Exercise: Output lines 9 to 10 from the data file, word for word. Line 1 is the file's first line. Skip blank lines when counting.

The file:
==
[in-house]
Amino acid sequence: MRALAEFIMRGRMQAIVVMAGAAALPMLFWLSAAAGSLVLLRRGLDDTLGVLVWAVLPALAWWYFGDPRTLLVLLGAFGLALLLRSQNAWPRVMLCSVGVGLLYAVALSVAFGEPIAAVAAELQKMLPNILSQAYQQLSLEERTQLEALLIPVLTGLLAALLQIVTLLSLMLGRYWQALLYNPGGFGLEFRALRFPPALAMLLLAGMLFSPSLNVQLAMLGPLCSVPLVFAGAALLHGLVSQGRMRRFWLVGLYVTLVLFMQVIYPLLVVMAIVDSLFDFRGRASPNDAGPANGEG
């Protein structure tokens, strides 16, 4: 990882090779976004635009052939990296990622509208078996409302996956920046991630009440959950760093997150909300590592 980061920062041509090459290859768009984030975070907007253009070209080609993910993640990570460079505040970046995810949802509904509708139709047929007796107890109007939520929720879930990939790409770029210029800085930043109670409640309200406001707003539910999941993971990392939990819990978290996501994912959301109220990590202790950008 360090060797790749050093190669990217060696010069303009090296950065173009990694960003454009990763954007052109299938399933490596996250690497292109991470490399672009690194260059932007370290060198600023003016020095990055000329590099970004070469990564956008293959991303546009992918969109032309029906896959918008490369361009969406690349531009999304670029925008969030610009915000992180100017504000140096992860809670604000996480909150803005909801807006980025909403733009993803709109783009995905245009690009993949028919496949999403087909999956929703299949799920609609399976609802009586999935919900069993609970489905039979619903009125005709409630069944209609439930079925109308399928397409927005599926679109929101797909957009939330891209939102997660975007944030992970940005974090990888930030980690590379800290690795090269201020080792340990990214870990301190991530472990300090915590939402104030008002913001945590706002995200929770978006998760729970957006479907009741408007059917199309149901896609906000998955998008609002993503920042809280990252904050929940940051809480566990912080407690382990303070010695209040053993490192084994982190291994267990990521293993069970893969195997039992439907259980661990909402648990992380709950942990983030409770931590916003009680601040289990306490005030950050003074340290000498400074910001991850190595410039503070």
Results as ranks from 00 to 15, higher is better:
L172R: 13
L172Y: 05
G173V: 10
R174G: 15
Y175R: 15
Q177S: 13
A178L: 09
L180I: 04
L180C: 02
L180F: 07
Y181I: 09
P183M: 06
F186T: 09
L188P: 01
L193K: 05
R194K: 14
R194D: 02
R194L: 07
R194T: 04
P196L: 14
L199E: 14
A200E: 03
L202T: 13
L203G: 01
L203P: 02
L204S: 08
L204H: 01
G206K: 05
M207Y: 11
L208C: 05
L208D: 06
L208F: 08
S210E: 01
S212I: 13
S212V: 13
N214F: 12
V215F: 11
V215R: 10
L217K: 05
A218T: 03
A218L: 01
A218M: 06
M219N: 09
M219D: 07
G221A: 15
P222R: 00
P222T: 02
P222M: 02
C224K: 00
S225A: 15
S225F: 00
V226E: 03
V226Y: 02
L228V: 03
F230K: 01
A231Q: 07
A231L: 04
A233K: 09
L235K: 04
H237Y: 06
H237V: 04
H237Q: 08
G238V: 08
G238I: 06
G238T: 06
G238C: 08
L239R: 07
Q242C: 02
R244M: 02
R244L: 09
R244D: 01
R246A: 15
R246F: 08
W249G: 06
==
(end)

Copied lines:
Y175R: 15
Q177S: 13